By: MADDI MCGILLVRAY
Starring Anna Hausburg, David C. Bunners, and Kai Michael Müller
Written and directed by Mathieu Seiler
Grand Hotel Pictures
Written and directed by Swiss-born Mathieu Seiler, True Love Ways is a part-art-house-part-grind-house German exploitation revenge thriller. Shot in minimalistic black and white, True Love Ways is one of those rare gems that might throw even the most veteran horror moviegoers for a loop. The film debuted at the 2016 Brussels International Fantastic Film Festival (BIFFF) and was well received amongst audience members. Since then, Synergetic Distribution have released True Love Ways on digital platforms such as Amazon, iTunes, Vimeo, Google Play, Vudu, InDemand, and DirectTV.
The film’s title is a reference to the famous Buddy Holly song, which is featured in the film. It follows the story of a young woman named Séverine (Anna Hausburg) who is disturbed by a recurring dream. Wanting to clear her head, she decides to take a break for a few days away from her boyfriend, Tom (Kai Michael Müller). Unimpressed with Séverine’s decision, Tom makes a deal with a shady businessman referred to as Chef (David C. Bunners) that he meets at a bar. The two conjure up a scheme where Chef and his male associates will kidnap Séverine, to which Tom will come to her rescue. However, Tom doesn’t realize that Chef has different plans of his own. Séverine is then pulled into a brutal game of cat-and-mouse and quickly discovers the extreme violence she is capable of.
Paying homage to the aesthetics of the French New Wave, True Love Ways leaves a real impression. This is first attributed to Oliver Geissler’s high contrast black and white cinematography. Just as stunning is Anna Hausburg as Séverine. One scene that particularly stands out is when she is seen sitting on a park bench observing her surroundings. While she doesn’t speak, her facial expressions and eye movements help to indicate her inner thoughts and that she is clearly aware that something sinister is going on. One cannot help but feel her resemblance to Janet Leigh in these moments and the film’s overall nod to Hitchcock.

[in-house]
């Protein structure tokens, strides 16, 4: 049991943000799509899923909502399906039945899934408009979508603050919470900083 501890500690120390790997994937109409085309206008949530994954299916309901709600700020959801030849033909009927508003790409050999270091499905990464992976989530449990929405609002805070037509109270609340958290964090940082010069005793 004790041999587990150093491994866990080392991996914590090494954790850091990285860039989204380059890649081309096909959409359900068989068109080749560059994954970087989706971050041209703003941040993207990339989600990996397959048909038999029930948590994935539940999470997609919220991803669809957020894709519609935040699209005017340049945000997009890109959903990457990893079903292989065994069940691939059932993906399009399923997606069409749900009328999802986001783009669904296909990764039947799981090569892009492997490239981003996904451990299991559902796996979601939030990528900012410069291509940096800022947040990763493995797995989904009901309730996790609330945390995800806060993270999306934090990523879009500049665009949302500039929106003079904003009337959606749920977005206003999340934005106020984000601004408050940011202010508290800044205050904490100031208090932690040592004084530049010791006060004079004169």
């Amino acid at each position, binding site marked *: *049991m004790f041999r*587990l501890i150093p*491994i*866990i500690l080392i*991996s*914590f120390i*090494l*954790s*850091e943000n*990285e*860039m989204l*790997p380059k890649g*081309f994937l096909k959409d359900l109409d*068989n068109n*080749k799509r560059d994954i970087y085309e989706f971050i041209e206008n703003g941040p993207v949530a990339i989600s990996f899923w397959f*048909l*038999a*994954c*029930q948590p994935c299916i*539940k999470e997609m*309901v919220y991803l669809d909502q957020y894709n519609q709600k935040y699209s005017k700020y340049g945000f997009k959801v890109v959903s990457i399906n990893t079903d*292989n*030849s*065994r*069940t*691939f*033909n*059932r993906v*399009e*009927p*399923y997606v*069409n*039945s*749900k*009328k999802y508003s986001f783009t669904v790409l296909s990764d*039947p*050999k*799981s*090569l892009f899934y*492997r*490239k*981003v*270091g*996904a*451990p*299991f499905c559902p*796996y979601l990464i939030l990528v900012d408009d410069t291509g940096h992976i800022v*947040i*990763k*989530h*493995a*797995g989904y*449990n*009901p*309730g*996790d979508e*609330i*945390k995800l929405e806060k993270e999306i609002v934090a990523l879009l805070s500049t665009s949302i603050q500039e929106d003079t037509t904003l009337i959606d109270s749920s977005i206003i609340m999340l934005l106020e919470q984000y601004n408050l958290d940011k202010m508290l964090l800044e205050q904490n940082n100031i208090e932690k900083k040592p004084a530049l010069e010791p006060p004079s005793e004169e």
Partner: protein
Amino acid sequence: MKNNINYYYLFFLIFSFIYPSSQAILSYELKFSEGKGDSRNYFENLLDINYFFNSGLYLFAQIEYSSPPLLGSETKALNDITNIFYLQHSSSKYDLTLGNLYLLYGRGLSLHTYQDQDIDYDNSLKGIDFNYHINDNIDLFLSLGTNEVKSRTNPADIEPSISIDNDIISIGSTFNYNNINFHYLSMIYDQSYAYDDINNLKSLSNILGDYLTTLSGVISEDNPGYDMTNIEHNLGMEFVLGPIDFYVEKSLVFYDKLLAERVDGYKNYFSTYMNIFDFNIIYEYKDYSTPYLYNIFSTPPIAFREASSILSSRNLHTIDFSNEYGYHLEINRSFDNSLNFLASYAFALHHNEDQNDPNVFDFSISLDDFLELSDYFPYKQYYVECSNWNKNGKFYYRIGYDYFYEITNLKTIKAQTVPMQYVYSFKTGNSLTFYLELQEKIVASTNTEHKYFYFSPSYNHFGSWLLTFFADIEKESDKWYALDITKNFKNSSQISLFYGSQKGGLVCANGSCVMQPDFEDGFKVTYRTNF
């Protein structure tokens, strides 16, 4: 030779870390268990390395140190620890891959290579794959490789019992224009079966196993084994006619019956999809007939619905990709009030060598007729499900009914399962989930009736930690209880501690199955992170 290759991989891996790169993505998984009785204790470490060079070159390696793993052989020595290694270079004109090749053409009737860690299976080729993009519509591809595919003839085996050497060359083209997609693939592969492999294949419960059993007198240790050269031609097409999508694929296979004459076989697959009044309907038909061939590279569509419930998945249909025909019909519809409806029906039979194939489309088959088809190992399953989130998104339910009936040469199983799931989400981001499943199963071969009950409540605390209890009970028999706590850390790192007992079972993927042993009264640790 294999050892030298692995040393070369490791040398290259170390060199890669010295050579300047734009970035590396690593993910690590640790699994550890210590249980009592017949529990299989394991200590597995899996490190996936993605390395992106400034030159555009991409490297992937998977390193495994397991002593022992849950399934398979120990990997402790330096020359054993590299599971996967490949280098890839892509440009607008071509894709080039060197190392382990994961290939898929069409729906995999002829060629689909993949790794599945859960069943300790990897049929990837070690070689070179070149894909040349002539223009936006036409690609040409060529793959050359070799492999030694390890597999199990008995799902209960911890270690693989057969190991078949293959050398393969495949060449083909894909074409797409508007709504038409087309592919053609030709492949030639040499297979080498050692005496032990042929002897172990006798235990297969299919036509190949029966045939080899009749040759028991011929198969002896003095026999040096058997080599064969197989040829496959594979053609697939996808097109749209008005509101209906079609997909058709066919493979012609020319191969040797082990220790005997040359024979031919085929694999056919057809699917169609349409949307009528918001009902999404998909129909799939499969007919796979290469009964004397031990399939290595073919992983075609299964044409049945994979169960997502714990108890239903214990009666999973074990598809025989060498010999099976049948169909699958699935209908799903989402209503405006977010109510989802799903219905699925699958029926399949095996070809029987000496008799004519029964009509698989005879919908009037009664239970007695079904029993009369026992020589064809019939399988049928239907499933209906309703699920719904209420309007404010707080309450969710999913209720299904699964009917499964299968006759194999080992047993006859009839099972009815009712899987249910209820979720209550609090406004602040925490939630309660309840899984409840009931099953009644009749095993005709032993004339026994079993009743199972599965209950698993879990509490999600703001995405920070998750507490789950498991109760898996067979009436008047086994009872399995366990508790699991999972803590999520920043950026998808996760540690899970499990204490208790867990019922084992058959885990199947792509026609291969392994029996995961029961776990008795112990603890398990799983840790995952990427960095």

In addition to its stylistic appeal, Seiler equally backs his film up with substance. Each scene is constructed with meticulous attention to detail. Seiler also places great emphasis on the development of his characters. The whole first half of the film is a slow voyage through Séverine and Tom’s crumbling relationship. While this eats up quite a bit of screen time, when the action hits, it packs a punch. Not only does the film take a dramatic shift into a rape-revenge narrative, but Séverine also undergoes a transformation when she is forced to witness and perform unthinkable acts of violence.
Unfortunately, the film does resort to some of the all too familiar rape-revenge conventions. However, Seiler makes up for this by presenting an interesting twist on the misogynistic damsel in distress trope. True Love Ways begins with Tom’s controlling sceme because **gasp** Séverine wants some time to herself. However, rather than resorting to the original plan, Séverine becomes her own saviour as she fights for her life. Some of the film’s most memorable moments come from the occasional use of grotesque humour… especially when Séverine comes face to face with Tom after figuring out his plan.
True Love Ways is a reminder of what can be achieved on a shoestring budget and will undoubtedly leave a lasting impression on art-house audiences and genre fans alike.